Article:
Country houses as models of self-sufficiency

One of the original electrical dynamos in the Power House at Cragside. ©Tracing Green/Adam Vaughan

When the first country houses began using electricity, there was no national grid (the establishment of which commenced in 1926, after the passing of the Electricity (Supply) Bill). Although electricity companies supplied houses in towns and cities from central power plants, most country houses were too remote and isolated to be part of any kind of commercial supply system. Rather they needed to supply their own electricity on site by installing their own generating equipment. This is a key theme which we will be drawing out in the case of each of the three houses over the course of the project, especially with reference to the resources for schools – on which more in a later blog entry.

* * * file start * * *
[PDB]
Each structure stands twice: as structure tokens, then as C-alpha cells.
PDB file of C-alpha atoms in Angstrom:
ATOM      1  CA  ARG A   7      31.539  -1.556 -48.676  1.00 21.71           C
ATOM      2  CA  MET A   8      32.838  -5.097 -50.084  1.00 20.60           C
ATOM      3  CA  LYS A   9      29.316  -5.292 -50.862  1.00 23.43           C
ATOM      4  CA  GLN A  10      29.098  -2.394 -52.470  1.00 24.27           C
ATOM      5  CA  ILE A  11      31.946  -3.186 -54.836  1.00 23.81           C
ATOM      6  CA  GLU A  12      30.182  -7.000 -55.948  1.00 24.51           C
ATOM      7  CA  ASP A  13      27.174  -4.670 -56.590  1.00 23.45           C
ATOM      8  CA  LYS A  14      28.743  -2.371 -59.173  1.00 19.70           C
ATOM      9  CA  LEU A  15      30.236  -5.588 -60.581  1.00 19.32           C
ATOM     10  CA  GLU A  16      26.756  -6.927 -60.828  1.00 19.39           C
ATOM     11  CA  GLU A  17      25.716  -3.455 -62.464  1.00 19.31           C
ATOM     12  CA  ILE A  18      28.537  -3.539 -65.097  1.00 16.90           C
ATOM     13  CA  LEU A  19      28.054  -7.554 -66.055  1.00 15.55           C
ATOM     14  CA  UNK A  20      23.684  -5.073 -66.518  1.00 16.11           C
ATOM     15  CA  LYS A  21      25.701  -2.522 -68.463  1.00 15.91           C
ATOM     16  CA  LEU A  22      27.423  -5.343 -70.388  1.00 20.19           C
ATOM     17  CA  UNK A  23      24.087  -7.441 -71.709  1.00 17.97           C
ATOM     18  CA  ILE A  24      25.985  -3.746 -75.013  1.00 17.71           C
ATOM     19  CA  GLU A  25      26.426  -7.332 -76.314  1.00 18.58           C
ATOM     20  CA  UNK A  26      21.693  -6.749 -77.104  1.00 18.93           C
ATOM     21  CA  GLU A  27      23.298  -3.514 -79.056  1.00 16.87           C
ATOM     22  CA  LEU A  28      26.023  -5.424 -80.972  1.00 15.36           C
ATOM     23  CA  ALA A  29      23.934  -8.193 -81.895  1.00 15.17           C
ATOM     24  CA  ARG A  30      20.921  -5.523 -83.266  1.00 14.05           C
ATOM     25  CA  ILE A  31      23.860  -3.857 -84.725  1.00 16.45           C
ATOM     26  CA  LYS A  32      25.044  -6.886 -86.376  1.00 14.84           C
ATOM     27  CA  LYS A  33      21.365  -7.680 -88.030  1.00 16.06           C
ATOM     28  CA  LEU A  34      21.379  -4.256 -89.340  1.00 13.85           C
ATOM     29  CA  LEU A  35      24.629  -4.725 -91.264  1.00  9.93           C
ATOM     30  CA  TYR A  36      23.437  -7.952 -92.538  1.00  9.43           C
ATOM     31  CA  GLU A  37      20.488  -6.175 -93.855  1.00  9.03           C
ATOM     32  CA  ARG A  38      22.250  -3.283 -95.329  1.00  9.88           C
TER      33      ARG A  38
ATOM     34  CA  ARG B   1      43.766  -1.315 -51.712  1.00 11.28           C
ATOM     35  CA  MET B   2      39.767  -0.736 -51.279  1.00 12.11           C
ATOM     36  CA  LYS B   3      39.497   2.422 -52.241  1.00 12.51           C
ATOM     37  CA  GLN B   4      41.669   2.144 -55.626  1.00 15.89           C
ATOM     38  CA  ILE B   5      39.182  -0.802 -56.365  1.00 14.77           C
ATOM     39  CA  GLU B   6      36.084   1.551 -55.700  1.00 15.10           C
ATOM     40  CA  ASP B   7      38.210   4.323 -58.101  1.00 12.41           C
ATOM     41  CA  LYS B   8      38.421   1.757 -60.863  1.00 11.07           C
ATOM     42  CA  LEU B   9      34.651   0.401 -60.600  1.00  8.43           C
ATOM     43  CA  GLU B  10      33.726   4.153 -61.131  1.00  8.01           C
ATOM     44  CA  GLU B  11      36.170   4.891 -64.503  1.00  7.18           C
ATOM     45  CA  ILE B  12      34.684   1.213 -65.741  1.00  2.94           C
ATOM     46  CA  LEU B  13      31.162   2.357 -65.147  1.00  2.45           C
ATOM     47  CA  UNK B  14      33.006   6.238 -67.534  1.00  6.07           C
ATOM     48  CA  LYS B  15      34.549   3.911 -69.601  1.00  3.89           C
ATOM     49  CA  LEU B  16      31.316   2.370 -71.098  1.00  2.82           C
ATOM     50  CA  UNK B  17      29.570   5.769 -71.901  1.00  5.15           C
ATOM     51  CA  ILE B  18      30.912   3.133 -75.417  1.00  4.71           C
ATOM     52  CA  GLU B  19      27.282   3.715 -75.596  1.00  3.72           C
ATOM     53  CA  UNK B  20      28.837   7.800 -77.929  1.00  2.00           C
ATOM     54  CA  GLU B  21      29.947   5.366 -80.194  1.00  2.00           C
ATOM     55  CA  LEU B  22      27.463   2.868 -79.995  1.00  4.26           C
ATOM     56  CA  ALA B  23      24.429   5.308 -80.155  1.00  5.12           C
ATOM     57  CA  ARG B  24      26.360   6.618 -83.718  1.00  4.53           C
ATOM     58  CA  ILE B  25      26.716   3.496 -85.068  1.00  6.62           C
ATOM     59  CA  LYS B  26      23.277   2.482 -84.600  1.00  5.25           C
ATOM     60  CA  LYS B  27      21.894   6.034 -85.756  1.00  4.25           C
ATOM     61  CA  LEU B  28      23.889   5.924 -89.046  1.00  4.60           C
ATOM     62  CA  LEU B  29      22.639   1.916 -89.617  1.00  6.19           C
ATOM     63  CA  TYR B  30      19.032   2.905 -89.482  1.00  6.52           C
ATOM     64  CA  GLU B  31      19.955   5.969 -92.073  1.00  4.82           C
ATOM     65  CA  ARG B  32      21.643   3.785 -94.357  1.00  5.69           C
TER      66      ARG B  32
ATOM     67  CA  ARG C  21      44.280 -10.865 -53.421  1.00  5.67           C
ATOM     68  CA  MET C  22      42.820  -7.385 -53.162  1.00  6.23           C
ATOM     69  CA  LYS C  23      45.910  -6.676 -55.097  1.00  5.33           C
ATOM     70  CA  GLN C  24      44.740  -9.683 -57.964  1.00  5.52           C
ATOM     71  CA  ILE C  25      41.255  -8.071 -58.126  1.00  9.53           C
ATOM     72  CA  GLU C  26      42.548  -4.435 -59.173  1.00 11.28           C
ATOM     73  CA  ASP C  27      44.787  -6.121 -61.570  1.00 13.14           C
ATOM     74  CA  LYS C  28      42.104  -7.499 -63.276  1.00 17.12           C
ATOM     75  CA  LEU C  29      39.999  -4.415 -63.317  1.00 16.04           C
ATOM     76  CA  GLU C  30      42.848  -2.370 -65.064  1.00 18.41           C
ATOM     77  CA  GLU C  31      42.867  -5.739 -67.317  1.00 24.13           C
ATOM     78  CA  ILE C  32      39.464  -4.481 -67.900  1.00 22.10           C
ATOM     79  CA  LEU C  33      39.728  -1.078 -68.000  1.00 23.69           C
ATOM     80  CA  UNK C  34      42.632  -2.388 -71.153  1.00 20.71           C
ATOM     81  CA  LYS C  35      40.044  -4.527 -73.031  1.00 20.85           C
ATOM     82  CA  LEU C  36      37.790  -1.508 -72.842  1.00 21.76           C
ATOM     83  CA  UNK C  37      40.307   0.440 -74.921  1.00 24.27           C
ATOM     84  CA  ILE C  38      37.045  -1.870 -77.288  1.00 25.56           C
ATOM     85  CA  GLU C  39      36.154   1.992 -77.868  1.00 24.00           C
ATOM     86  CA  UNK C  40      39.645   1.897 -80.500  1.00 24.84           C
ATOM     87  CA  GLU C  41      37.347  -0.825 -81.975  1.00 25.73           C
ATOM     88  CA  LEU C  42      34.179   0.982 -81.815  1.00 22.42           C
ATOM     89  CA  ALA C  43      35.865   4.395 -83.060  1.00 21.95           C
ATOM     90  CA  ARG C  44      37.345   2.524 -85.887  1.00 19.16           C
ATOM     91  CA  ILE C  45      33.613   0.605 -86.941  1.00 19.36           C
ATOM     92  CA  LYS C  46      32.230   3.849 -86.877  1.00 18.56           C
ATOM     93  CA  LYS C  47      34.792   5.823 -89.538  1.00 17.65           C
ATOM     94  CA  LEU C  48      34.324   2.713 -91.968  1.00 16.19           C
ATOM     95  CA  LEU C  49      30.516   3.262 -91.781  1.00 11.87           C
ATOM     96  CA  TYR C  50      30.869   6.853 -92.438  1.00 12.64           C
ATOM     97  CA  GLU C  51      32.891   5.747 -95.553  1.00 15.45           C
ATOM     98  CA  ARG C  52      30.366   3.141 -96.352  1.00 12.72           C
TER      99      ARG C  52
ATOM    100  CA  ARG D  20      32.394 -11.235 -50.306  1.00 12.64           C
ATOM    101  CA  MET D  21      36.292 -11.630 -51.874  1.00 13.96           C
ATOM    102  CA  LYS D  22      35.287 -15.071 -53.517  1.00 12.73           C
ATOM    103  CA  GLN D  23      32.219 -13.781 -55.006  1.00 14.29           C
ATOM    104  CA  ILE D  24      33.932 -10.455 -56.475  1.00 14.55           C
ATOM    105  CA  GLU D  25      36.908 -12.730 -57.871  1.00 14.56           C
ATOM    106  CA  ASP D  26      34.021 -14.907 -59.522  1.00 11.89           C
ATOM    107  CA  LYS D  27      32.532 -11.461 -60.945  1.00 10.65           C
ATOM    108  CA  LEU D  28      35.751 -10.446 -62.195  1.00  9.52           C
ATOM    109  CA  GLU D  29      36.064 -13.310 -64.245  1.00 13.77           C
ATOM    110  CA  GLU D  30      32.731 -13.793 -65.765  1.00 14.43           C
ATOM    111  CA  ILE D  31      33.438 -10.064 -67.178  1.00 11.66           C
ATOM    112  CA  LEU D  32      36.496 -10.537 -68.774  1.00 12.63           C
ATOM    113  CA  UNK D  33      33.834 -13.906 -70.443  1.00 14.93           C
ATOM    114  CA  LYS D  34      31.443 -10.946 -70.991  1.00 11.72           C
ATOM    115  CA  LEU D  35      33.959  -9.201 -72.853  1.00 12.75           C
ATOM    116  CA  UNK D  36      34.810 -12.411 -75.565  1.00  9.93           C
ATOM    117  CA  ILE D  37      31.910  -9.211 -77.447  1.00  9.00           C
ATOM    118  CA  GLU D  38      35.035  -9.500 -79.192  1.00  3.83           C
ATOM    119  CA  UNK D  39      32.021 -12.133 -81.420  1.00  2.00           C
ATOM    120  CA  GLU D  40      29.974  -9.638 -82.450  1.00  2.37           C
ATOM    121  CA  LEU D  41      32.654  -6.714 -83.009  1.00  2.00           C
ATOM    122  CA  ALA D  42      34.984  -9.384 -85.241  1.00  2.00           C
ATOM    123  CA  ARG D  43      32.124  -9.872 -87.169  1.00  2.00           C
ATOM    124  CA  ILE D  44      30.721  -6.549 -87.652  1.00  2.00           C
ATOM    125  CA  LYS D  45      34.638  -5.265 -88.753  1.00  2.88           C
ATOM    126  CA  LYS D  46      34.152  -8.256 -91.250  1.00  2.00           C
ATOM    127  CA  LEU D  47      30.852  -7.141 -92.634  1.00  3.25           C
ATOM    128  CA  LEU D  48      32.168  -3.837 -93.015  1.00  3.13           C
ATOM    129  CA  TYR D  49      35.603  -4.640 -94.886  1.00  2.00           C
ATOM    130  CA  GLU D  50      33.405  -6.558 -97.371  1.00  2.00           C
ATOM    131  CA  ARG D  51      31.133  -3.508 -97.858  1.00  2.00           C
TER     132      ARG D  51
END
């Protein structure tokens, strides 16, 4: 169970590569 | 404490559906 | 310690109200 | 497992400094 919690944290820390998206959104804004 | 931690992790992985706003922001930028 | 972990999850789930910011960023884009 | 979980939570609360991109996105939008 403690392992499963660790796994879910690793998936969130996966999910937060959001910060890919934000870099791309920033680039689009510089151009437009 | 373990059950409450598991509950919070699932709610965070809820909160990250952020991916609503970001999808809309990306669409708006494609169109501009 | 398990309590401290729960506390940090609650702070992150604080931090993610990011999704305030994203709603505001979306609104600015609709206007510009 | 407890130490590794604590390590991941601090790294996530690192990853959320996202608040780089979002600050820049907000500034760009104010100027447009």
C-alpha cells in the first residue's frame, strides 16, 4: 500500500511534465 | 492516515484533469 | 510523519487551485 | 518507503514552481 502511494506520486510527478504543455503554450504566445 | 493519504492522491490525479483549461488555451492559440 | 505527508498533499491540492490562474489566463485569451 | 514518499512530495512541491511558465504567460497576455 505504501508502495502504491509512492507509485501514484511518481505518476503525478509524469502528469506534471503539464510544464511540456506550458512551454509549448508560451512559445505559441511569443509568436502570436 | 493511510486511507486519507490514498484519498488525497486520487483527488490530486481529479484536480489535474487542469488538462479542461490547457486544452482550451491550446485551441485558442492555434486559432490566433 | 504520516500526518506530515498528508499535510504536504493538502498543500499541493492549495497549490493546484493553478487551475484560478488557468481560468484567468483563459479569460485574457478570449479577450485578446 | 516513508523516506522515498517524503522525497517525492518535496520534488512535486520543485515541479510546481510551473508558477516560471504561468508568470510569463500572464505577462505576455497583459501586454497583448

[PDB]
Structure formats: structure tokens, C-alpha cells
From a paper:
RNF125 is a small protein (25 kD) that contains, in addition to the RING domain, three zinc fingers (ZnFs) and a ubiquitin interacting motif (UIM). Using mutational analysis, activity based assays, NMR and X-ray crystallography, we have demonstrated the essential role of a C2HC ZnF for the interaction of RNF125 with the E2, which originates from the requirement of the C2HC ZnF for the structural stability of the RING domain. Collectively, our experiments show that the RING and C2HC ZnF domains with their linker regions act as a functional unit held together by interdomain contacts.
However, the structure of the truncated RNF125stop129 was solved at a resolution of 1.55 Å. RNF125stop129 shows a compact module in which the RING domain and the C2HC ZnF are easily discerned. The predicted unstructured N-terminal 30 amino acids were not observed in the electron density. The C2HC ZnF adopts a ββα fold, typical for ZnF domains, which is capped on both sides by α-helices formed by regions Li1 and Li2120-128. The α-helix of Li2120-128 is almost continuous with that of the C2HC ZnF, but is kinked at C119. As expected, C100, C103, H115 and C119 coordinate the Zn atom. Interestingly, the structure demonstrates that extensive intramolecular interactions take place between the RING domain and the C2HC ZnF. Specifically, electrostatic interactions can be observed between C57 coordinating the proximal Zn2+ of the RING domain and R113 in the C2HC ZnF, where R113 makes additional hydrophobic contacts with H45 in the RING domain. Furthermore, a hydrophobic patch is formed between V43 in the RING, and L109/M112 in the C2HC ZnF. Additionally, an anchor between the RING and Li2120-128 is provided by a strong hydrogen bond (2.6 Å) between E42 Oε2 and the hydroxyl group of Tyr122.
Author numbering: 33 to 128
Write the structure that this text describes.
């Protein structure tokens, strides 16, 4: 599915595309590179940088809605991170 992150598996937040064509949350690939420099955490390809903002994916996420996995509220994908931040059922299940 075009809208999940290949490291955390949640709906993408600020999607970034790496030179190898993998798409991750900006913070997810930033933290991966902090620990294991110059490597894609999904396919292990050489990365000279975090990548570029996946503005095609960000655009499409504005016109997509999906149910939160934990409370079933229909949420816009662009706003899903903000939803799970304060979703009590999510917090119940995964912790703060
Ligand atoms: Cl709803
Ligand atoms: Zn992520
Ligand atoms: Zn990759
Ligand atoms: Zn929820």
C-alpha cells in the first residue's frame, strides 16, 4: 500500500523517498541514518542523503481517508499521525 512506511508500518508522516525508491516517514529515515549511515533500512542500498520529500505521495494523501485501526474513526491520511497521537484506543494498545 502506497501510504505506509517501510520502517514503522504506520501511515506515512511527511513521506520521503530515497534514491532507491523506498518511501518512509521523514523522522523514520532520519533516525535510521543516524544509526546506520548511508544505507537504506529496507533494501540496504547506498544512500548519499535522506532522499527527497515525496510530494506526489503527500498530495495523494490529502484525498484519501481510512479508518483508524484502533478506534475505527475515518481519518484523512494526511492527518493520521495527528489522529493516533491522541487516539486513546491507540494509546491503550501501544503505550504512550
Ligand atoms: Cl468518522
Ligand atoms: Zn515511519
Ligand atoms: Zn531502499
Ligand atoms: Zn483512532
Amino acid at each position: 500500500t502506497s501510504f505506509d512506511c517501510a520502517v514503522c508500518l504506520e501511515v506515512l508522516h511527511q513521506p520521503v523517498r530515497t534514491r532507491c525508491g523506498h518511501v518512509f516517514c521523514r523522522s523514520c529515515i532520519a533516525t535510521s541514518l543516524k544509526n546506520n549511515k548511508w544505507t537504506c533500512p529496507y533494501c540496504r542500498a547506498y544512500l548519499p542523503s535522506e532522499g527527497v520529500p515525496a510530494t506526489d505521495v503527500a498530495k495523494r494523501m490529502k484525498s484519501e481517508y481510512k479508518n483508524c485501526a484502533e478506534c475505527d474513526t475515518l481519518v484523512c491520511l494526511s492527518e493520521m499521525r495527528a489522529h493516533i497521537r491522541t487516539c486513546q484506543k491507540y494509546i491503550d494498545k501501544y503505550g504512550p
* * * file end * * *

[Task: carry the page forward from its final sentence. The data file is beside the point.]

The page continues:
It’s a particularly relevant theme today because of the increased emphasis placed on our homes becoming more self-sufficient, with the ultimate, although largely unattainable goal, of being ‘off the grid’ entirely. It is becoming more common, for example, to see houses with solar panels on the roof in an attempt to reduce dependency on the national grid. At Cragside they are taking steps, along with the rest of the National Trust, to generate 50% of their energy from renewable sources such as hydroelectricity by 2020. Some housing initiatives even promote being ‘carbon negative’: actually giving back to the grid more than they use.

This is not yet widespread, and may take a while to become so. Nevertheless, given our growing awareness of the importance of sustainable energy sources, might increasingly self-sufficient country houses become one of the models we look to when assessing our future energy plans?